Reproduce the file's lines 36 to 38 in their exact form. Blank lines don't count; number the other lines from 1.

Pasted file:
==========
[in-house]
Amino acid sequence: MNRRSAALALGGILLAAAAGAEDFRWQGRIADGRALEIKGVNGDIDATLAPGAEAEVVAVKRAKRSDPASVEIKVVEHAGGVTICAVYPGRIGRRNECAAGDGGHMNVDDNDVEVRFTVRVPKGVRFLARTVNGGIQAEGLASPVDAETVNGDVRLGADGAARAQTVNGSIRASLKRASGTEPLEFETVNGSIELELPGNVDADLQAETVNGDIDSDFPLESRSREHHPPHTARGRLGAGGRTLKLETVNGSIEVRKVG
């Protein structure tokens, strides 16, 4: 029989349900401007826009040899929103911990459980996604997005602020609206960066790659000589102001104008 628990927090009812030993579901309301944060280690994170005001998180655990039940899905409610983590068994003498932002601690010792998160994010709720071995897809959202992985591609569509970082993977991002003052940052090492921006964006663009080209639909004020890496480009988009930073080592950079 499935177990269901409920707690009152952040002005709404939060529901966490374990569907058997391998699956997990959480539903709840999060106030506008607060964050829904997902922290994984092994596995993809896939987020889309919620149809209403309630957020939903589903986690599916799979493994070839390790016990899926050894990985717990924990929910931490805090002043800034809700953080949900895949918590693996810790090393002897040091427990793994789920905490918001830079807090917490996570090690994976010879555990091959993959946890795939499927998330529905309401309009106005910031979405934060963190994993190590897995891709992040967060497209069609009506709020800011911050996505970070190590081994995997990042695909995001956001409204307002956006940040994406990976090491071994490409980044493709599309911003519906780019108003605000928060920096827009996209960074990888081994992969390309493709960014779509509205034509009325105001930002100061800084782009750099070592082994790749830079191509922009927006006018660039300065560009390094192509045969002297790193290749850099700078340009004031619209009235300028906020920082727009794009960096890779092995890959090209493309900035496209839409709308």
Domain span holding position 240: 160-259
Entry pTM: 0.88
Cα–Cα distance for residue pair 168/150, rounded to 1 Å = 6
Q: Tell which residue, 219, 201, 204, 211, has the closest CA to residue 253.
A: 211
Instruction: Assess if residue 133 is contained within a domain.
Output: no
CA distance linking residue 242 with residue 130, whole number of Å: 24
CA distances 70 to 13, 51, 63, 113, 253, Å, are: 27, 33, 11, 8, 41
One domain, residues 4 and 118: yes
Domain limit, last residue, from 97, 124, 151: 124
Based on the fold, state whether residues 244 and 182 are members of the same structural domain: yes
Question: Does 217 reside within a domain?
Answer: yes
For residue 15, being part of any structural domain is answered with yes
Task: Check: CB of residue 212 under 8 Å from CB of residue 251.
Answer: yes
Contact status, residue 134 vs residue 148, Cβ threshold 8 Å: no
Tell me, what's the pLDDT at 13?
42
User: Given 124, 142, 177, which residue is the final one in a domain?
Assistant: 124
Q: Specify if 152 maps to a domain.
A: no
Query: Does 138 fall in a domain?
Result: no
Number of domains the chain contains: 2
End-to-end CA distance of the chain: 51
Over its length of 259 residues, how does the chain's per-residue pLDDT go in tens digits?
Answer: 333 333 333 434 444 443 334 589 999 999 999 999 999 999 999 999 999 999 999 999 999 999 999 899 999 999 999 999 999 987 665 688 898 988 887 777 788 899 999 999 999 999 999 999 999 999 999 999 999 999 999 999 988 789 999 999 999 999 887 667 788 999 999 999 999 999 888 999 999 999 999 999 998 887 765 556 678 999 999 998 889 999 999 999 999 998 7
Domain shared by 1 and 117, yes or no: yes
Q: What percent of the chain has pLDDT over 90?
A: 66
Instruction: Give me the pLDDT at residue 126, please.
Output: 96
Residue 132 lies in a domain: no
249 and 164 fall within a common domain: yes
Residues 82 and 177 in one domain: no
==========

A: 66
Instruction: Give me the pLDDT at residue 126, please.
Output: 96